News & Articles

When Should You Take Social Security Benefits?

Posted on Thu, Mar 04, 2021

If you're nearing retirement, you've likely paid into the Social Security system your entire career. It's only fitting that you finally cash in on the Social Security benefits that are rightfully yours. But when should you start receiving benefits — at the first available date, at the latest date or somewhere between those dates?

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Tags: Retirement, Social Security

Age-Related Tax and Financial Planning Milestones

Posted on Wed, Feb 12, 2020

In an era of uncertainty, you can count on one thing: Time marches on. While you can't beat Father Time, you can prepare for these age-related tax and financial planning milestones as you and your loved ones grow older.

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Tags: Retirement, Social Security, Retirement Planning, Kiddie Tax

Age Has its Privileges ... and Penalties

Posted on Mon, Mar 11, 2019

In an era filled with uncertainty, you can count on one thing: time marches on. Here are some important age-related financial and tax milestones to keep in mind for you and your loved ones:

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Tags: Benefits, Social Security

Handle with Care: The Nanny Tax Rules

Posted on Wed, Nov 22, 2017

When you hire a nanny, housekeeper or other domestic worker, pay close attention to the tax rules.

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Tags: Social Security, IRS, Independent Contractor, Taxes

Will You Have to Pay Tax on Social Security Benefits?

Posted on Wed, Nov 01, 2017

Some people are under the misconception that Social Security benefits are always free from federal income tax. However, depending on how much income you have from other sources, you may have to report up to 85% of your benefits as income on Form 1040 and pay the resulting federal income tax.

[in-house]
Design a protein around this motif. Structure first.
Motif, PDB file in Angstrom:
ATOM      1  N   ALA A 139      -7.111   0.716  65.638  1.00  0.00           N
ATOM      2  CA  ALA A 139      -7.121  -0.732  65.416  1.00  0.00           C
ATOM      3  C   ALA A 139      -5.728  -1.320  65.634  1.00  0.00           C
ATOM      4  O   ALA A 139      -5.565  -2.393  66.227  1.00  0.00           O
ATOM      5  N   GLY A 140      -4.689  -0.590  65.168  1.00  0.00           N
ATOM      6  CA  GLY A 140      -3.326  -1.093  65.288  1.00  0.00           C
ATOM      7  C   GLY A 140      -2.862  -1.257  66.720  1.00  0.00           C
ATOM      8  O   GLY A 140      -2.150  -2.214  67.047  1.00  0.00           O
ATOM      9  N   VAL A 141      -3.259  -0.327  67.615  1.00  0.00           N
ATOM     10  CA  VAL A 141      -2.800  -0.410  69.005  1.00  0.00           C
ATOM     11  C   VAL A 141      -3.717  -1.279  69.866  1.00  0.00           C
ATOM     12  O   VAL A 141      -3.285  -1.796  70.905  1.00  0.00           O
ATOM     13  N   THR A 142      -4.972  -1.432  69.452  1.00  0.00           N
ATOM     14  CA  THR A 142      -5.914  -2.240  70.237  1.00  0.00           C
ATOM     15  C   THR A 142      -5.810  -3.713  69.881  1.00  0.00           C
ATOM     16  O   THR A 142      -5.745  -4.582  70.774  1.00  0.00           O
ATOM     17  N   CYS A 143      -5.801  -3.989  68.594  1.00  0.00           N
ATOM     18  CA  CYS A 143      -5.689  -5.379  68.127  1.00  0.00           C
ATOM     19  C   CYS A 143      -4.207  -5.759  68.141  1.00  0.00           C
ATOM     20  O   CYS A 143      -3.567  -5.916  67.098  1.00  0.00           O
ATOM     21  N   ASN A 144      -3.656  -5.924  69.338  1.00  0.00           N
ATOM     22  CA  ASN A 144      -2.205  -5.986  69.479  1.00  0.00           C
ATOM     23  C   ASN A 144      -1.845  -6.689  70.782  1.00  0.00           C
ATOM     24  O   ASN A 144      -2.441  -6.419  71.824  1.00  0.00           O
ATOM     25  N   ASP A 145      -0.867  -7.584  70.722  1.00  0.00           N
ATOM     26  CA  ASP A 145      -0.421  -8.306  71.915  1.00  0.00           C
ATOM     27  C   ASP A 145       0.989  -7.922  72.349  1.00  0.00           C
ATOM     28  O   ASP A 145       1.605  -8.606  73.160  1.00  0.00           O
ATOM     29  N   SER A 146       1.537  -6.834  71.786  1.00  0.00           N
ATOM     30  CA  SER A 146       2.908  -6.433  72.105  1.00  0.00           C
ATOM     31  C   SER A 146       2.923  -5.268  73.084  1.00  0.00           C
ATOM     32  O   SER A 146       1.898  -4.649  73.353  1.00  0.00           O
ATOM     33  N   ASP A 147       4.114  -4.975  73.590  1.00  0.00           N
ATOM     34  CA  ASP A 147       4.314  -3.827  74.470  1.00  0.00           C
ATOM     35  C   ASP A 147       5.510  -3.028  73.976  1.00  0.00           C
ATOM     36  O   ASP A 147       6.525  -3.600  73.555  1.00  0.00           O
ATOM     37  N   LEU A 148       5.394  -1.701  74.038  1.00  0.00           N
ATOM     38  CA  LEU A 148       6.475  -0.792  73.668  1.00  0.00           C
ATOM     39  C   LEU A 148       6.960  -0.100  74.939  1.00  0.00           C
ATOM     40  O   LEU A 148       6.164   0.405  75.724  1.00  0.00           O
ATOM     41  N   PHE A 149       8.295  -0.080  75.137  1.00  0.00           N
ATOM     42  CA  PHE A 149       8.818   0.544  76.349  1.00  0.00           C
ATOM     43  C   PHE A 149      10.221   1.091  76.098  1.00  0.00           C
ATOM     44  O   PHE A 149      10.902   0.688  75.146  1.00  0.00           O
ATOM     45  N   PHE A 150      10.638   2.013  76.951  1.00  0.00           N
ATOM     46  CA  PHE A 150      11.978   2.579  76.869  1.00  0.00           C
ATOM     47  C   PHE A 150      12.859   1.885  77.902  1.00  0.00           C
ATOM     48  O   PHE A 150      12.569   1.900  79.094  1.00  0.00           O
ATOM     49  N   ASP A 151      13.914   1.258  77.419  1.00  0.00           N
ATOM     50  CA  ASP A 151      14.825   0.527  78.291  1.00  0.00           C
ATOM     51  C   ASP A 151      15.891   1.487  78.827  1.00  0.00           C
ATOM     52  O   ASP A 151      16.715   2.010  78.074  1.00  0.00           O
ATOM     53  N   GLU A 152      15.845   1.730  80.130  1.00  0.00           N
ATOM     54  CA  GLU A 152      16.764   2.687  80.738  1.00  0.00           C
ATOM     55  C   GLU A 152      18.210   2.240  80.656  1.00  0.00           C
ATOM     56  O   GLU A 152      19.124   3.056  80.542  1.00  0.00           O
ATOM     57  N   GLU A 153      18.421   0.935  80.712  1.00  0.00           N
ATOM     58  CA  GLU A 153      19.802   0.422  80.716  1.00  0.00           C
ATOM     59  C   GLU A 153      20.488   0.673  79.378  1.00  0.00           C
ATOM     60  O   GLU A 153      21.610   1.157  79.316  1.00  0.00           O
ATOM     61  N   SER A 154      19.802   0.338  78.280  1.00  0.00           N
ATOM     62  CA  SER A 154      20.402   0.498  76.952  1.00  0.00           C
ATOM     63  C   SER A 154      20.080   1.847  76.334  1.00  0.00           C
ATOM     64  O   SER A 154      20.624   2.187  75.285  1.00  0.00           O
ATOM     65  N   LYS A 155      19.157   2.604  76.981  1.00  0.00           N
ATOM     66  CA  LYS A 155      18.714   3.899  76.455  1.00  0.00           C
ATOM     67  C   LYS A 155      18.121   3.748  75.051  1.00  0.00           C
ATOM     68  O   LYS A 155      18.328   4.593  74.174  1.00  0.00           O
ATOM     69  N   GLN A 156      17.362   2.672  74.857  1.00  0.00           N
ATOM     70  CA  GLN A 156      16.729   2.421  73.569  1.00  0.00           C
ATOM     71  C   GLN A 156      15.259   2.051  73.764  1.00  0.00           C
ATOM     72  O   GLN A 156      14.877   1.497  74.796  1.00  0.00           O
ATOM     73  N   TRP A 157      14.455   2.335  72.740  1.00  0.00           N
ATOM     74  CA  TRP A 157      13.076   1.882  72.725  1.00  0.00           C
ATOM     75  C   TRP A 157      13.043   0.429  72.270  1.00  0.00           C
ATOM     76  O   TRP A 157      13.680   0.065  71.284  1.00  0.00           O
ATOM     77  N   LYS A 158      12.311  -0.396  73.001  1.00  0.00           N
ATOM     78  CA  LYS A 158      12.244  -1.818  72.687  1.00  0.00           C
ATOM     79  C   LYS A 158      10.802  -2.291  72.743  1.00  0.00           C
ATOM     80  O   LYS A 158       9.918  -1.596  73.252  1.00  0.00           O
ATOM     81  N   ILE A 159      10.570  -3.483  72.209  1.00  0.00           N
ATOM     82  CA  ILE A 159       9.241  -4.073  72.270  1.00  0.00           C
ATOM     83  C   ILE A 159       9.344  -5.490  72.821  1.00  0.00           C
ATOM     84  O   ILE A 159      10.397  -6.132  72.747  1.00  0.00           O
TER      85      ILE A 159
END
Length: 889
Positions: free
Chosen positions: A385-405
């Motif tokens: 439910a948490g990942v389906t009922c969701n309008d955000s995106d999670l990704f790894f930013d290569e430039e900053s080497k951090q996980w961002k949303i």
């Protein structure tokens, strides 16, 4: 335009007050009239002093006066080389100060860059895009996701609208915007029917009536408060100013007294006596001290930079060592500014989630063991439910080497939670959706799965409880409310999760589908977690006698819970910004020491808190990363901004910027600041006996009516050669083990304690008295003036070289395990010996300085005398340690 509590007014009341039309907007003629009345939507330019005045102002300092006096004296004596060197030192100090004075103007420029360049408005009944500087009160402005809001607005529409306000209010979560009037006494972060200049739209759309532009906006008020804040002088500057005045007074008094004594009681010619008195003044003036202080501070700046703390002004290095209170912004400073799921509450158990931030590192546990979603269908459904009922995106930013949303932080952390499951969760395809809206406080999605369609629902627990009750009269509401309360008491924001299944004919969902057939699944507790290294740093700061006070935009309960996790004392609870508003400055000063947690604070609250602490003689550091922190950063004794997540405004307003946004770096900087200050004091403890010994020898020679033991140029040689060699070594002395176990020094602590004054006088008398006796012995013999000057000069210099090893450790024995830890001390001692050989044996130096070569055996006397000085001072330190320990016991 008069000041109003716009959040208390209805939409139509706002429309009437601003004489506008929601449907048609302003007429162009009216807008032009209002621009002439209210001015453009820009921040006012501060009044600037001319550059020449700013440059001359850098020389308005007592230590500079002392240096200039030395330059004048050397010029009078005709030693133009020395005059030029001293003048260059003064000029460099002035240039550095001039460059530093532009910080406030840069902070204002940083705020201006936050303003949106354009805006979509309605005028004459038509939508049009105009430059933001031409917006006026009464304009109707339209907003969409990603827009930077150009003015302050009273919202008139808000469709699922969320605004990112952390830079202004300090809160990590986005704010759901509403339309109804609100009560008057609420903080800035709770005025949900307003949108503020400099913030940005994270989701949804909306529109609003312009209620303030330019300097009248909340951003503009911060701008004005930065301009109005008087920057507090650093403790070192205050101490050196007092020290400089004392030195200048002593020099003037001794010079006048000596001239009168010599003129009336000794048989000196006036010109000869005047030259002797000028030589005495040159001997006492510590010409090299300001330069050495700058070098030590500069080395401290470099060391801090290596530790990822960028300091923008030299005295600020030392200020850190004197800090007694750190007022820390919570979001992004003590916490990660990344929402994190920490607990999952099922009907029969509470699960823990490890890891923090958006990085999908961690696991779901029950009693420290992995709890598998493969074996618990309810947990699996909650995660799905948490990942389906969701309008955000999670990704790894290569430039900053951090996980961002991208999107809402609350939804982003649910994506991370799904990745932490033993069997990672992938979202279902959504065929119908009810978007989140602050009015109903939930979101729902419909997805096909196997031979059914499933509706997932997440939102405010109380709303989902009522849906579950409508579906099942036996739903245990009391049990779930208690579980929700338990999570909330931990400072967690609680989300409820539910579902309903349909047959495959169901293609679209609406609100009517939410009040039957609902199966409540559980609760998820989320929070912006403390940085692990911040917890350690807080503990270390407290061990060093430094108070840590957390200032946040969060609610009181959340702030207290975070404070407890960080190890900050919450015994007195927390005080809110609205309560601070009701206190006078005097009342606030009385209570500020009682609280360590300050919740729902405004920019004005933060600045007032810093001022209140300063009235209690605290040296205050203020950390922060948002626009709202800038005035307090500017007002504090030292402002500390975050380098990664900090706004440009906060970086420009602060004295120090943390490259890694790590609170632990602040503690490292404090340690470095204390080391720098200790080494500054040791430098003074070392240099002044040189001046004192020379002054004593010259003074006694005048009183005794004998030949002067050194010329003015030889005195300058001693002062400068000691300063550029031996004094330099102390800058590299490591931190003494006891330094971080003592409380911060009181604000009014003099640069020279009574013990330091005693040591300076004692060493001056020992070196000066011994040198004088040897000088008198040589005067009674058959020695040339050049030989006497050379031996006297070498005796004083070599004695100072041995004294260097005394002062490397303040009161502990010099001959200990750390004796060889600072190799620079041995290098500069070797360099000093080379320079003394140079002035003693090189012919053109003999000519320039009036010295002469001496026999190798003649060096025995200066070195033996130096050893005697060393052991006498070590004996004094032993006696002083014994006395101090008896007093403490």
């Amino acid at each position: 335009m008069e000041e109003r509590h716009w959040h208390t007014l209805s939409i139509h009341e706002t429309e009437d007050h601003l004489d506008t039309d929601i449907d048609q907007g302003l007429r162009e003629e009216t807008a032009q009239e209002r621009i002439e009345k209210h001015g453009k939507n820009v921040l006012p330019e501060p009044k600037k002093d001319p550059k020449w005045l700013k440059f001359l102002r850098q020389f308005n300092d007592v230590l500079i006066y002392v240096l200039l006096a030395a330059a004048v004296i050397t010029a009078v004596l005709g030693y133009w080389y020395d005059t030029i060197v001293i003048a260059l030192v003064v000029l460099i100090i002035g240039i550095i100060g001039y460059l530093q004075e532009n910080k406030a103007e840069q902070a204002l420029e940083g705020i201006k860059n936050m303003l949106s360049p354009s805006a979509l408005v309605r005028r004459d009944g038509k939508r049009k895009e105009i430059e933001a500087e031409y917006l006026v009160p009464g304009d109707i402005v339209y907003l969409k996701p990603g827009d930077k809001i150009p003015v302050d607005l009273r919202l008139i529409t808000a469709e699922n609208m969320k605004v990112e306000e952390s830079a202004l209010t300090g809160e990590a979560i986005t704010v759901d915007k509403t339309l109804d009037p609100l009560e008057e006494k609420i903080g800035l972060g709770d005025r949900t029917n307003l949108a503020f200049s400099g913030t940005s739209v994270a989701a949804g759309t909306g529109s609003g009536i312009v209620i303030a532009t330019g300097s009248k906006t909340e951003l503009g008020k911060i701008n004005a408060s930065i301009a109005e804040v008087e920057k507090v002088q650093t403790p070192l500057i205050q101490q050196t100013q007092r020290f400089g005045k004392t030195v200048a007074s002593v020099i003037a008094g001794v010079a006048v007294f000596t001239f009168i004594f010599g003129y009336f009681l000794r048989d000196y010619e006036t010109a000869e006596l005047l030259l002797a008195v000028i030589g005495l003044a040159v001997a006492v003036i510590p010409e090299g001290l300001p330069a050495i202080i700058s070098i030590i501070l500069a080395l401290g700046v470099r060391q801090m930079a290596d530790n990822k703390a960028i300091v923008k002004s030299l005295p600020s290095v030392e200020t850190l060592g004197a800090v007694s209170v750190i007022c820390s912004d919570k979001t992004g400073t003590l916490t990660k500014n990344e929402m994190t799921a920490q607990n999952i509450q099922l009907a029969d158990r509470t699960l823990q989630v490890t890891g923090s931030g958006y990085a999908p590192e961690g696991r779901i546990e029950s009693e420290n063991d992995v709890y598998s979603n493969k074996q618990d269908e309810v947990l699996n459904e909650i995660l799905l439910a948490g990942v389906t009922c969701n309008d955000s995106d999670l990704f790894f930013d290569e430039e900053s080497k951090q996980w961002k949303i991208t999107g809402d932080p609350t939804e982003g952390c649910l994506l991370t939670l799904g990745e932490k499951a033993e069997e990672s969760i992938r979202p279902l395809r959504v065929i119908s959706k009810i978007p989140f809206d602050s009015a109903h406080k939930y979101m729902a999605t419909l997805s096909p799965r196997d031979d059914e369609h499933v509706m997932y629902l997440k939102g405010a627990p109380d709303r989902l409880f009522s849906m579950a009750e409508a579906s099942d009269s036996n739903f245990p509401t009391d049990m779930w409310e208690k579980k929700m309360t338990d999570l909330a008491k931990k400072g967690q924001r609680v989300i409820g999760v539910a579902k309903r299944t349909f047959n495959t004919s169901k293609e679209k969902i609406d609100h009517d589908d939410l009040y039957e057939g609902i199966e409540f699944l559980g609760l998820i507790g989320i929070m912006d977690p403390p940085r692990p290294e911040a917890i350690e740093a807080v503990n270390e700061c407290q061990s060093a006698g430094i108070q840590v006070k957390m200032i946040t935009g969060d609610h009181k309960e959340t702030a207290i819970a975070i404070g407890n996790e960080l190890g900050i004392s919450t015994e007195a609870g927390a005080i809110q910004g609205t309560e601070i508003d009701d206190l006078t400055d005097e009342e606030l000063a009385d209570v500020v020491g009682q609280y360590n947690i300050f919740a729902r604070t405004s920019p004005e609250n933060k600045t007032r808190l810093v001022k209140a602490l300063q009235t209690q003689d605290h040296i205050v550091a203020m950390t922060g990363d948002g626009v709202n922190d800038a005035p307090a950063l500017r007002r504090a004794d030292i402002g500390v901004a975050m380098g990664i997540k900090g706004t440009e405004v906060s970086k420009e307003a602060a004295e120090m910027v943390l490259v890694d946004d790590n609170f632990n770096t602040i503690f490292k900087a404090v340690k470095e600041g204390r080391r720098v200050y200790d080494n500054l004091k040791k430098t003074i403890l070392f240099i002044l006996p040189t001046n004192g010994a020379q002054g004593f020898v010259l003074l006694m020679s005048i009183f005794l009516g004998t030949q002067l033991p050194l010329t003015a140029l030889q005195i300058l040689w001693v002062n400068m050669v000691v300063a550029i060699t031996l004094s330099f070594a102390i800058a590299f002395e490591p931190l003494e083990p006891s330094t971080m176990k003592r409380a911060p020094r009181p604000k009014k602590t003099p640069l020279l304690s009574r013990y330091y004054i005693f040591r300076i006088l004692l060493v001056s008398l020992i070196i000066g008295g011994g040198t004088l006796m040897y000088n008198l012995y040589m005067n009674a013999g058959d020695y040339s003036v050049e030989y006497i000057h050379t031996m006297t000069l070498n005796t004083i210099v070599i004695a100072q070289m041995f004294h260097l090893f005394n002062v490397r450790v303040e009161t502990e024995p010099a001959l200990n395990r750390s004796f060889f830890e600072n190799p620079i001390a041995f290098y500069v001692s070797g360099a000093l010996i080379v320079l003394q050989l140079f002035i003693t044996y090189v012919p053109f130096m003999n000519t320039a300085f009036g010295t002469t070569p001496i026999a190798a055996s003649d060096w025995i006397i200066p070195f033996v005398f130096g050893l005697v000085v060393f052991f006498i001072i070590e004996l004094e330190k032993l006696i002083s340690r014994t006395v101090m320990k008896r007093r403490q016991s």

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Tags: Social Security, Income, Federal Income Tax

Maximize Social Security Benefits When You Retire

Posted on Wed, Sep 20, 2017

Get the most from Social Security. Younger retirees face a harsh penalty for working part-time. For every $2 earned over $16,920 in 2017 (up from $15,720 in 2016), you lose $1 in Social Security benefits. In the year you reach full retirement age, a higher earnings threshold applies. Your benefits will be reduced by $1 for every $3 of earnings only when earnings exceed $44,880 in 2017 if you reach full retirement age (up from $41,880 for 2016).

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Tags: Benefits, Retirement, Retirees, Social Security

Report Warns Retirees about Potential Downsides of Reverse Mortgages

Posted on Fri, Sep 15, 2017

Reverse mortgages have been around for years. But they're getting a new spin: Some senior homeowners are tapping into their home equity to "bridge the gap" until the time they're ready to apply for Social Security benefits.

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Tags: Retirees, Social Security, Consumer Alert, Mortgage

Compare and Contrast the Republican and Democratic Tax Reforms

Posted on Fri, Aug 12, 2016

With both major political party conventions finally behind us, it's time to focus on the upcoming national election. Among their many differences, the Republicans and Democrats have widely divergent tax platforms. While platforms are always relatively nonspecific and not necessarily synced with what the presidential candidates have in mind, it's still good to know what tax positions the two parties and their presidential candidates have staked out. Here's a quick summary.

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Tags: Tax, Affordable Care Act (ACA), Social Security, Tax Penalties, Marriage

FAQs about Social Security Retirement Benefits

Posted on Tue, Jul 19, 2016